Analyse the reasons for the weaknesses and collapse of democracy between 1918 and 1939 in Spain.

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Analyse the reasons for the weaknesses and collapse of democracy between 1918 and 1939 in Spain.

Not only were there profound reasons for the weaknesses and collapse of democracy between 1918 and 1939 in Spain, democracy was inherently handicapped compared to other forms of government e.g. the monarchy or a dictatorship - this was due to its method of conception. The Spanish civil war broke out in 1936 and eventually led to Franco leading a dictatorship over Spain. Therefore, analysing the reasons why the civil war occurred will be the focal point. There are three crucial factors as to why the war erupted: the uneven levels of development throughout Spain in the 1930s, the deep-rooted grasp Catholicism had on the Spanish people, and the rigid structure that formed in the Spanish military and the anti-democracy ideology that was exacerbated in the 1920s-30s. There are many additional factors, most prominent the final loss of empire in 1898, that contributed to these overarching ones, however insurmountably it was mainly due to the Republic’s inability to quell the Spanish military which caused the eruption of the civil war and thus the fall of democracy in 1939.

The uneven levels of development in urban Spain, la Espana profunda, the deeper South, and the more industrialised northern parts of Spain created precedent for a series of cultural wars to occur. It was the new cosmopolitan lifestyle against the rural tradition, secular against religion, authoritarian against liberal political cultures. Spain became polarised during the 1930s and thus created two camps which then allowed the Africanistas appeal the to more Right-wing already organised camp on the precedent that the Republic was not able to impose concrete reform that could reconcile all social groups - due to being internally divided. The mini-welfare state the First Republic attempted to impose is an example of this, the promise of a new welfare state raised expectations, but when the Republic failed to fully deliver on this, the Spaniards interpreted it as a policy failure. Coupled by the fact that the people who would potentially be dependent on such benefits were essentially slaves to landowners and estate bailiffs in the South, pushed the poor labourers to side with the Africanistas who aimed to topple the existing government. Additionally, the Republicans failed to demilitarize the police force so police brutality continued e.g. starved labourers who were foraging for acorns were shot. Thus this demonstrated that despite having political reform, no change was to happen leaving the only other viable option: a military coup. This disparity in wealth, that the Republic failed to solve, led many poorer citizens vulnerable to the appeal of a change in government as no change in the status quo occurred. This undermined the legitimacy of democracy in Spain as people were looking towards more militaristic methods to power.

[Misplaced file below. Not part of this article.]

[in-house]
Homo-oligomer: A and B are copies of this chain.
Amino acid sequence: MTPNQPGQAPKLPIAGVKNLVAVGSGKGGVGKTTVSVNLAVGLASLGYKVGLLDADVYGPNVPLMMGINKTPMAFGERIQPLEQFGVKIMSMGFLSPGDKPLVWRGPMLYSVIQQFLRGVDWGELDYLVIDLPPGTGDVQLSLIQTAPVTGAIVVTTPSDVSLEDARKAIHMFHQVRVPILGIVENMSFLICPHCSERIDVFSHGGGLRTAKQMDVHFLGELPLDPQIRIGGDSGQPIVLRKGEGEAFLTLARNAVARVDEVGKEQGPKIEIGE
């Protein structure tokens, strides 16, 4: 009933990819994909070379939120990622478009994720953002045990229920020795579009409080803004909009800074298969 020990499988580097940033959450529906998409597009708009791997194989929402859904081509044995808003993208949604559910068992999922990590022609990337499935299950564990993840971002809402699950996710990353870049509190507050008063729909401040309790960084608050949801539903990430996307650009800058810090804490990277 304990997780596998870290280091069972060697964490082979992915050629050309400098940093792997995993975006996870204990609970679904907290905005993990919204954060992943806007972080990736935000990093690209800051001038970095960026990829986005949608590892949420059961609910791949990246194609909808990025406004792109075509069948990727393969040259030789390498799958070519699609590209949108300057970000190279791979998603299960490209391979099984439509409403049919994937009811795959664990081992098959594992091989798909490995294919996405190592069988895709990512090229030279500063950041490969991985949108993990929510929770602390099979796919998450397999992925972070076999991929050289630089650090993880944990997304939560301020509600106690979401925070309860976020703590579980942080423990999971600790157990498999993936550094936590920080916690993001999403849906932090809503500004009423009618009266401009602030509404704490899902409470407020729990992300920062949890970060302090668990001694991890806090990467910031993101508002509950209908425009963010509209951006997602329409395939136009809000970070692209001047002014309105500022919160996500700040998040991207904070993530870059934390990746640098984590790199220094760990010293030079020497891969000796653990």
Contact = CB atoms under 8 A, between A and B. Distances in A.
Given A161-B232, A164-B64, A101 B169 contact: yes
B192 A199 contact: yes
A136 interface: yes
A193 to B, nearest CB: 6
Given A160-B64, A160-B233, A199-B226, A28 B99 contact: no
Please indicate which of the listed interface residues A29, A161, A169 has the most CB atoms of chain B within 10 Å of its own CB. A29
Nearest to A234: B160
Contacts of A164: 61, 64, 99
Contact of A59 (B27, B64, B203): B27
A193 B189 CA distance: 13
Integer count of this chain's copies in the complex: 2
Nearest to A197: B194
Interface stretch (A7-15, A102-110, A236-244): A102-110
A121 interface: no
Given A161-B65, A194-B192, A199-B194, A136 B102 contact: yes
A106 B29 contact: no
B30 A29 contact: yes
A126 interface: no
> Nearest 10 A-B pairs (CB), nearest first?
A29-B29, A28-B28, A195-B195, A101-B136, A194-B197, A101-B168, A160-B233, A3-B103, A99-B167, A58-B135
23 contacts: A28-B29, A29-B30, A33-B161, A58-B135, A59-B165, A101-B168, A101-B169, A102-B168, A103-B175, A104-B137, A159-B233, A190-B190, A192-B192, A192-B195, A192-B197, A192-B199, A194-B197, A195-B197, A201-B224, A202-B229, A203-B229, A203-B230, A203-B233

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However, it was not only southern labourers, traditional ruralists felt discontent with the Republican government. On the contrary, this was due to the Republic being too interfering with their policies. The Republic tried to enact a more secular government and to do this they aimed to remove religion from primary education. The Church had been embedded in the education system for a very long time, so such policy was bound to be a failure, it just served to pose as an attack on the daily life of the la Espana profunda (rural and provincial Spain). Another example of ...

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